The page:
Known By God

Well into Galatians. Reading the first part of chapter 4 this morning. And Paul continues to go for broke in calling these Galatians back to Christ alone by grace alone. You know how big a deal this is by how over the top Paul has been.

Paul says he can’t wrap his head around their desertion of the gospel (1:6). He curses anyone, even angels, who would dare to add to the gospel formula: Christ + Nothing = Salvation Past, Salvation Present, and Salvation Future. He’s defended his ministry (1:11-2:10), rebuked Peter & Co. for behavior un-becoming the gospel (2:11-14), and personally testified of his own determination to do nothing, nor to boast in anything, that would “nullify the grace of God” (2:21). He’s called the Galatians fools and said it’s like they’ve been bewitched (3:1). Your not thinking straight, he says. Give your head a shake, he says, what’s happened to you is by the Spirit of God–do you think perfecting it will now happen through your own effort (3:2-3)? And he hasn’t yet got to the part about wishing the purveyors of this faith-plus-works gospel would slip up with their circumcision knives and “cut themselves off” (5:12 NKJV).

Like I said, a little over the top. Must be a big deal.

Paul’s been very particular with his words in order to make his point. And I notice that again this morning:

Formerly, when you did not know God, you were enslaved to those that by nature are not gods. But now that you have come to know God, or rather to be known by God, how can you turn back again to the weak and worthless elementary principles of the world, whose slaves you want to be once more?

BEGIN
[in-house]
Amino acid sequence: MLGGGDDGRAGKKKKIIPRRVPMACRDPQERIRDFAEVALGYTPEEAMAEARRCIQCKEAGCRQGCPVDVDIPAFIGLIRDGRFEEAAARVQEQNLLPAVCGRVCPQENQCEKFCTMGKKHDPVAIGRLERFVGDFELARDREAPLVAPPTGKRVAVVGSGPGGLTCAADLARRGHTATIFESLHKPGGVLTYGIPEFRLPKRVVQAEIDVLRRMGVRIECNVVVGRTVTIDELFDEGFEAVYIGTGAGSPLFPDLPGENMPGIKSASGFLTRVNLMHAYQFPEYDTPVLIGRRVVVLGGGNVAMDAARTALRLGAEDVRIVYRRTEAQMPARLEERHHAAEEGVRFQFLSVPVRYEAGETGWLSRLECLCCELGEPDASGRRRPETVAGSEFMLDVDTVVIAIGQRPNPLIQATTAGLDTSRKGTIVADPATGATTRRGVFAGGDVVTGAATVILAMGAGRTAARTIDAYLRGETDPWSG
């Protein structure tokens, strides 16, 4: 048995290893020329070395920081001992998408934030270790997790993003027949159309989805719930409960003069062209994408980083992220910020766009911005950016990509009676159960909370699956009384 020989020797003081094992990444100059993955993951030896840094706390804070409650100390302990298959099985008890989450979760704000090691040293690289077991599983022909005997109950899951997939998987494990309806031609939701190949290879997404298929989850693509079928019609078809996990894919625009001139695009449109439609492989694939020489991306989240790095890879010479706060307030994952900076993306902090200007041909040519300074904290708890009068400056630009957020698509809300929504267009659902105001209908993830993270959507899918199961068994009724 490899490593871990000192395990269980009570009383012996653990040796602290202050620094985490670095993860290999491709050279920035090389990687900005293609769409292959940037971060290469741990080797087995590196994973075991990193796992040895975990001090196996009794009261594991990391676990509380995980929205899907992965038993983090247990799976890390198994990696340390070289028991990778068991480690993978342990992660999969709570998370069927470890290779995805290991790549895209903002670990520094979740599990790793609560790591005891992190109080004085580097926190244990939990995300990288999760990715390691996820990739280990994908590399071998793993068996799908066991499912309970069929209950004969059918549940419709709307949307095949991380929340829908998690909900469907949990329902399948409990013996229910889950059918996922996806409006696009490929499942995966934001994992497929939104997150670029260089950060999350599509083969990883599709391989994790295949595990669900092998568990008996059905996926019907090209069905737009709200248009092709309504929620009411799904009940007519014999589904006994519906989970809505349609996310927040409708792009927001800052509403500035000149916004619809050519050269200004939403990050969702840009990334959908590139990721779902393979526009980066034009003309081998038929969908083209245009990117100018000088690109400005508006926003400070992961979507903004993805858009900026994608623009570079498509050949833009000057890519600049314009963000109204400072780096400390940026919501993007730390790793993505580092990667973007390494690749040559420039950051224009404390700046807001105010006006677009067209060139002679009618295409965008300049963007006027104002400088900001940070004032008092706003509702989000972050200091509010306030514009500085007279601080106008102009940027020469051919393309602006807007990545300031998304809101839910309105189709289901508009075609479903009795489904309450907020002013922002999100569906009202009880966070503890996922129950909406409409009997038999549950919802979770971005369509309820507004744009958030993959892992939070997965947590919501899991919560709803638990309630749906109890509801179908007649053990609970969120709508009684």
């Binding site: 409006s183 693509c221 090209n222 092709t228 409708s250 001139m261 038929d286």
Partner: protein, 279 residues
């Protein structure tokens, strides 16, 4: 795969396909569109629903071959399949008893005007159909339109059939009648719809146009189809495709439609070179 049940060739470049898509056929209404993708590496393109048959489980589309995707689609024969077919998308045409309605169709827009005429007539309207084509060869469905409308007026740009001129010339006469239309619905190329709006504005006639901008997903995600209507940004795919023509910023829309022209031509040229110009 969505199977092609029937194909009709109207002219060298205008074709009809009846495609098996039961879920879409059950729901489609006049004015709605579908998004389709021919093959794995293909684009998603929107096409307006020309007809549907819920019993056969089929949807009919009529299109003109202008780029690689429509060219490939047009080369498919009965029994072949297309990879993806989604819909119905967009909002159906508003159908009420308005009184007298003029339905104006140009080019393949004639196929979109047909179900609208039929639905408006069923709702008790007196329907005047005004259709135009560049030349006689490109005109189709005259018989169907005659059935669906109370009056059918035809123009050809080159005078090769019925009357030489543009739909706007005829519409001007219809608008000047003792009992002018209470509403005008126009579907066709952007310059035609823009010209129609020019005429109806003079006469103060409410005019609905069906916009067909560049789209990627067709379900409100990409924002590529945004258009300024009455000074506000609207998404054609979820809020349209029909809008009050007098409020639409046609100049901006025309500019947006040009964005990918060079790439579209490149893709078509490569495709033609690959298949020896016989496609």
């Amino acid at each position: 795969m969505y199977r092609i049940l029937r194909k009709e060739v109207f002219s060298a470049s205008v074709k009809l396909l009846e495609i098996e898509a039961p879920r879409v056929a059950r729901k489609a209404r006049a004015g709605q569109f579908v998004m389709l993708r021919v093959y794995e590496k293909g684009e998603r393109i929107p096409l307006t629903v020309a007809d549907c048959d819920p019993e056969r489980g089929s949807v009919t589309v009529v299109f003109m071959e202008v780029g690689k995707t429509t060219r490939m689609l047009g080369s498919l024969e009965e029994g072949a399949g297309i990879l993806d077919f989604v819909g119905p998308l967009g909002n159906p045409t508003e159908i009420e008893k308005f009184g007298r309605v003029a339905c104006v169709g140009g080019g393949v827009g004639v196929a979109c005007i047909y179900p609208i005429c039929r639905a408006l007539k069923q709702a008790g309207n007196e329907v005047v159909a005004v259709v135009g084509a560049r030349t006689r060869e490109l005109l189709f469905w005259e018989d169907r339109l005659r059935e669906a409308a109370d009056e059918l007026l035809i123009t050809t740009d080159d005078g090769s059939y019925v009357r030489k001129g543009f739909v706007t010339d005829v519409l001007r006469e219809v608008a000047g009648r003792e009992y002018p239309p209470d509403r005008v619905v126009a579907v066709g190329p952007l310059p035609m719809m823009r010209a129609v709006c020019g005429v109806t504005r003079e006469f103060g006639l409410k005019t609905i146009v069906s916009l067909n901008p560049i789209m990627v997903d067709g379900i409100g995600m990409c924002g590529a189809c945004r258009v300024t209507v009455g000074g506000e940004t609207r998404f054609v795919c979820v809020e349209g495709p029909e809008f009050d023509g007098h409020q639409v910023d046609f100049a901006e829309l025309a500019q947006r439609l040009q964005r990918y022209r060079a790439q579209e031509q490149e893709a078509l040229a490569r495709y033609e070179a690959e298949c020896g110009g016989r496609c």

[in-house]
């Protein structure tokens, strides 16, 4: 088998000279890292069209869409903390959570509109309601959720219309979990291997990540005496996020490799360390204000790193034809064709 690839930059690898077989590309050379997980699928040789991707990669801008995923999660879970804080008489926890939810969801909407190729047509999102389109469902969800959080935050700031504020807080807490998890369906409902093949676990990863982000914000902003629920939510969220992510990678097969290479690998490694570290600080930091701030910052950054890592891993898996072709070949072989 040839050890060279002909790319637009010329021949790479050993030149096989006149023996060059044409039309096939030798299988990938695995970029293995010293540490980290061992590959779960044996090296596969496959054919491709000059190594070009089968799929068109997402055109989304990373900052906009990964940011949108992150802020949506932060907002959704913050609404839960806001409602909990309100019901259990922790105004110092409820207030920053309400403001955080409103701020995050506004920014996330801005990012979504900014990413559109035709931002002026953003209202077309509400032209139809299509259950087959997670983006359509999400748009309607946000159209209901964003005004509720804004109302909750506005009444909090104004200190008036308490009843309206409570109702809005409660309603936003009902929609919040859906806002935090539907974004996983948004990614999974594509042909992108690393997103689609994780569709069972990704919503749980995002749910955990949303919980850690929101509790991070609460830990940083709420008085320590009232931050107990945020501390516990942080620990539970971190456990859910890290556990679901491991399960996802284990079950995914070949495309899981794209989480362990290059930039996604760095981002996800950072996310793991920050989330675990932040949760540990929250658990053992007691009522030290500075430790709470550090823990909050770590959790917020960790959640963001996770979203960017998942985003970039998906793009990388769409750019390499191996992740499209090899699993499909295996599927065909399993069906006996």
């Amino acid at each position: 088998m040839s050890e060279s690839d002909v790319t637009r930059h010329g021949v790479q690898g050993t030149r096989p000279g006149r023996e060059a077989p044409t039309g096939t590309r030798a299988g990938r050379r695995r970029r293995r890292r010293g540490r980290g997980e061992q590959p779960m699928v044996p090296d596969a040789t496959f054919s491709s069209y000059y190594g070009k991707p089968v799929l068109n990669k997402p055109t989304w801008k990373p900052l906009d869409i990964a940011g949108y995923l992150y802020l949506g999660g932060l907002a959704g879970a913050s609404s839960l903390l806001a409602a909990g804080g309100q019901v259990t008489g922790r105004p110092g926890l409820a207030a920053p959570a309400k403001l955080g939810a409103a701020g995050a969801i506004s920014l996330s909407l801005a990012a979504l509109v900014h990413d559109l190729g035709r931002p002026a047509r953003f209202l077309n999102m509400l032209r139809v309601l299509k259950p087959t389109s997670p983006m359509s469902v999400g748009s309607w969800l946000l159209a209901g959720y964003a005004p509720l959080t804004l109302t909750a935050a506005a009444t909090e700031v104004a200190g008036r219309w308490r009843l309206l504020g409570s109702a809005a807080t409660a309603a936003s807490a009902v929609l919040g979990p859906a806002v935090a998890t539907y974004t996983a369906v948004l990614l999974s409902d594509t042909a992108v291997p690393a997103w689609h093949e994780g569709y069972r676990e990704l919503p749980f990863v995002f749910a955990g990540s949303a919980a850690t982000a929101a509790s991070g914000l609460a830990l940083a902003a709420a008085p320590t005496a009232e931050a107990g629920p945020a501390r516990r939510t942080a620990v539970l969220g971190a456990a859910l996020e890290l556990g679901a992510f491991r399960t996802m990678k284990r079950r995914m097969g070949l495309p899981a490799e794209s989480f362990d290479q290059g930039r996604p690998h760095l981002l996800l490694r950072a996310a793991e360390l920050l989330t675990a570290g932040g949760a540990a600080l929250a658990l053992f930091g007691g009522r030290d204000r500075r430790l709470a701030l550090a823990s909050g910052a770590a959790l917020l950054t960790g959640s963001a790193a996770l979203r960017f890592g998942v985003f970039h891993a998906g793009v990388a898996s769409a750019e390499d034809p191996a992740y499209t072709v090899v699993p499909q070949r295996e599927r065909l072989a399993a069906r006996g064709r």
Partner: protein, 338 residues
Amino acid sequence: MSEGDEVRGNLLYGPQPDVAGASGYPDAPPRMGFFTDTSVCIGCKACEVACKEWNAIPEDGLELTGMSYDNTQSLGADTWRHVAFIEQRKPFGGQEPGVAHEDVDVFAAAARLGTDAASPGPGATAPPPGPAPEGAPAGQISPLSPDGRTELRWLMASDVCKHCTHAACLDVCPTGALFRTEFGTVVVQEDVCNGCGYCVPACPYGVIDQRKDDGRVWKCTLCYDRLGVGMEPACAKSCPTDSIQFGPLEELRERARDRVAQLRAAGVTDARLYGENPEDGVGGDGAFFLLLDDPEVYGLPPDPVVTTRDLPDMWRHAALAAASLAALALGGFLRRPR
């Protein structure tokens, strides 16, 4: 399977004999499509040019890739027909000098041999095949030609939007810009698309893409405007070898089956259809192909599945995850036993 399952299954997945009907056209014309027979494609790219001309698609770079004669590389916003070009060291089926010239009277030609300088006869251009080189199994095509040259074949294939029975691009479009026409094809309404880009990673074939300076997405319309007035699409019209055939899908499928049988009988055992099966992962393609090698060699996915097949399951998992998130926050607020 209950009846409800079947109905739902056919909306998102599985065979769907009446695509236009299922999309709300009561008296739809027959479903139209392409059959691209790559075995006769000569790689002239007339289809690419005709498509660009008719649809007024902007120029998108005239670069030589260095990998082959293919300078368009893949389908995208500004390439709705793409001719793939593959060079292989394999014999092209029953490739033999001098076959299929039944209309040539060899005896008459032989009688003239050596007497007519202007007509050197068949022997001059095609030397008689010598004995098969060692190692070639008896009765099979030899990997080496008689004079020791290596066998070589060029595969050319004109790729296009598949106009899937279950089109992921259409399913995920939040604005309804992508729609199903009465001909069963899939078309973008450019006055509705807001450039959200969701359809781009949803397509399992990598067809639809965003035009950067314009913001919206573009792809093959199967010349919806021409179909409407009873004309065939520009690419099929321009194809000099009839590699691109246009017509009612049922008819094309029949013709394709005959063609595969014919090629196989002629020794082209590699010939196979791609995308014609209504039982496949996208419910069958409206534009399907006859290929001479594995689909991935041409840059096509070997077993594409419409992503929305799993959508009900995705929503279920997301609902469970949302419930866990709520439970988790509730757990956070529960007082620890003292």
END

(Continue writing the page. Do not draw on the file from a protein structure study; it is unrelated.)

(Galatians 4:8-9 ESV)

“When did you believe?” we often ask. How did you come to know Christ? Fair enough questions. Each of us has a story. And also fair enough that when we tell our story we’re at the center of it. But lest we think we know God because of what we eventually did, Paul reminds us that it’s only because of what God determined first to do–to know us. Or, as John puts it, “We love because He first loved us” (1Jn. 4:19). Or, as Jesus makes even more explicit:

You did not choose Me, but I chose you . . . ”    (John 15:16a ESV)

If we think that our acquaintance with God is owing to ourselves then perhaps we might also be deceived to thinking that, just as we decided to come to Christ, we can decide also how to grow in Christ. That if it’s because of our smarts that we recognized the truth, then we’ll rely on our brains to navigate how to grow in that truth. That if we think we initiated the relationship, then we might also be prone to think we have the right to direct the relationship.

Ahhh . . . no! says Paul.

If God knew us–not just in the general God knows everything about everybody sense, but in the He knew me in particular sense (like in Psalm 139)–and if God called us into this grace equation, then, asks a confused Paul, how can you turn back to being enslaved by things of the dictates of your flesh and the ways of this world? Turning back is giving God your back. Give your head a shake!

Seeing ourselves as captains of our own salvation ship is a sure way to become unanchored. A gimme for the devil to lead us astray. A no-brainer recipe for disaster, nullifying grace and eventually leading to falling from grace (5:4).

And what a crummy place to live, outside of grace. Looking for God’s favor through our disciplined behavior rather than His finished work on the cross. Relying on our wisdom for the worthy walk rather than surrendering to the mind of Christ as we abide in Christ. Depending on our work for approval in His way instead of His word renewing our minds and transforming us into His likeness.

To be sure, we have come to know God. But equally to be sure, it’s because He first determined to know us.

How amazing is that? Pretty amazing!

O’ to continue to walk in such amazing grace. That He might receive the everlasting glory!

Amen?

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